Well-led

Outstanding

Updated 22 July 2016

The practice is rated as outstanding for being well-led.

  • The practice had a clear vision with quality and safety as its top priority. The strategy to deliver this vision had been produced with stakeholders and was regularly reviewed and discussed with staff.

  • High standards were promoted and owned by all practice staff and teams worked together across all roles.

  • Governance and performance management arrangements had been proactively reviewed and took account of current models of best practice. The Contracts and performance manager was responsible for implementing and monitoring appropriate reporting systems to measure their QOF performance. The QOF data for this practice showed it was performing above national standards.

  • There were high levels of staff satisfaction. Staff were proud of the organisation as a place to work and spoke highly of the culture. All staff were involved in discussions about how to run and develop the practice, and the partners encouraged all members of staff to identify opportunities to improve the service delivered by the practice.

  • There was a clear proactive approach to seeking out and embedding new ways of providing care and treatment. The practice took part in local pilot schemes to improve outcomes for patients in the area. For example, the practice worked in partnership with a local charity and had appointed a social prescriber to provide non-medical support to patients.

  • The practice initiated and hosted weekly lunch time teaching events delivered by consultants which was open to other local practices and all the clinical staff at the practice including the nurses.

  • The practice had received an award for their performance in providing NHS health checks to their eligible population. They had 29% achievement against a CCG area average of 20%.
  • The practice gathered feedback from patients using new technology, and it had a very engaged patient participation group. They PPG had organised and helped facilitate a ‘food bank’ for vulnerable patients. 
Checks on specific services

People with long term conditions

Outstanding

Updated 22 July 2016

The practice is rated as good for the care of people with long-term conditions.

  • The practice had clinical leads for a variety of long term conditions including diabetes and chronic obstructive pulmonary disease (COPD). We saw all clinical members had completed further training in their areas of responsibility and acted as a source of information for other staff. For example, the diabetes lead had completed the ‘merit course’ (Meeting Educational Requirements, Improving Treatment) which is a flexible modular education programme that helps healthcare professionals to update and deepen their knowledge of diabetes treatment and care so they can better help their patients.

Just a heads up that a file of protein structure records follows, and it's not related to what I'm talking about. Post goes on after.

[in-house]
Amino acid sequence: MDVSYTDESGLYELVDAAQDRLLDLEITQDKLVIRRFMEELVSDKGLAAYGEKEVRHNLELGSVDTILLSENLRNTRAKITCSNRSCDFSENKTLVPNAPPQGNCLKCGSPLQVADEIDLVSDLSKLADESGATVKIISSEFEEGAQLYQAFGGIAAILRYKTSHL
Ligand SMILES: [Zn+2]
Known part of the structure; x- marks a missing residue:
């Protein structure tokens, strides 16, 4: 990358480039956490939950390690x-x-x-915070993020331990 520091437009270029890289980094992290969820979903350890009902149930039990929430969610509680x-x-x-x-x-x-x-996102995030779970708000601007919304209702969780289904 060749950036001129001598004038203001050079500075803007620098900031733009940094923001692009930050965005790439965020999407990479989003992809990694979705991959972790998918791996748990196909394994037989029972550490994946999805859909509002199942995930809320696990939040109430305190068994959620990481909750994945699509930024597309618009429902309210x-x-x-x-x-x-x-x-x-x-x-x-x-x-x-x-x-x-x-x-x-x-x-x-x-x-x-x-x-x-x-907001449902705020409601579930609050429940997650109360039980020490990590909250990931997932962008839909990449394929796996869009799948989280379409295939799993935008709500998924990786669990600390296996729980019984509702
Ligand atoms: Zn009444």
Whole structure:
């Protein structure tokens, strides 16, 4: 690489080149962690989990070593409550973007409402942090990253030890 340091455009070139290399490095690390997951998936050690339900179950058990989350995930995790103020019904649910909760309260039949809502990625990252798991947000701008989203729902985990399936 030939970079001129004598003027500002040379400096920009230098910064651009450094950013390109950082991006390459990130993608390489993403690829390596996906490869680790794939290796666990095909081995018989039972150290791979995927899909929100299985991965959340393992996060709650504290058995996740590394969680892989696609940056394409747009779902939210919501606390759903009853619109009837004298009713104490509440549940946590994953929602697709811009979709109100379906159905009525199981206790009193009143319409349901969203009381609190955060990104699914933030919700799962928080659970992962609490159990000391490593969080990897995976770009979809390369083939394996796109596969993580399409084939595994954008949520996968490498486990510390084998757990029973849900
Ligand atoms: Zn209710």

• The practice provided weekly dedicated diabetic clinics run by two GPs and a practice nurse who had also completed specialist training. They were able to initiate insulin and other injectable therapies such as GLP-1 (long acting glucagon) which meant patients did not need to go to community clinics or to secondary care.

  • The practice also took part in a programme of Community Health workshops on diabetes, in partnership with a local voluntary agency. We saw these workshops included cooking demonstrations, sample recipes, medical and practical advice and a free diabetic-friendly lunch was also served. The workshops were delivered on a monthly basis and attendance ranged from 50 – 100 at each workshop.

  • The practice held registers for patients in receipt of palliative care, had complex needs or had long term conditions. GPs attended regular internal as well as multidisciplinary meetings with district nurses, social workers and palliative care nurses to discuss patients and their family’s care and support needs.

  • The practice provided dedicated COPD and asthma clinics run by their trained nurse who performed spirometry and peak flow tests. These clinics were overseen by dedicated GPs (one each for COPD/asthma) and their advanced nurse practitioner. Patients were given self-management plans including ‘rescue pack’ antibiotics and oral steroids.

  • Services such as spirometry, phlebotomy, ambulatory blood pressure monitoring (ABPM) and anticoagulation management service were carried out at the practice.

Families, children and young people

Good

Updated 22 July 2016

The practice is rated as good for the care of families, children and young people.

  • There were systems in place to identify and follow up children living in disadvantaged circumstances and who were at risk, for example, they had a named administrative staff member who monitored paediatric non-attenders to hospital out-patient and community services. Immunisation rates were relatively high for all standard childhood immunisations.

  • Patients told us that children and young people were treated in an age-appropriate way and were recognised as individuals. The GPs demonstrated an understanding of Gillick competency and told us they promoted sexual health screening.

  • The practice’s uptake for the cervical screening programme was 81%, which was comparable to the national average of 82%.
  • The practice triaged all requests for appointments on the day for children when their parent requested the child be seen for urgent medical matters, thus were able to offer appointments at mutually convenient times, for example after school, when appropriate.

  • We saw positive examples of joint working with midwives, health visitors and school nurses.

Older people

Good

Updated 22 July 2016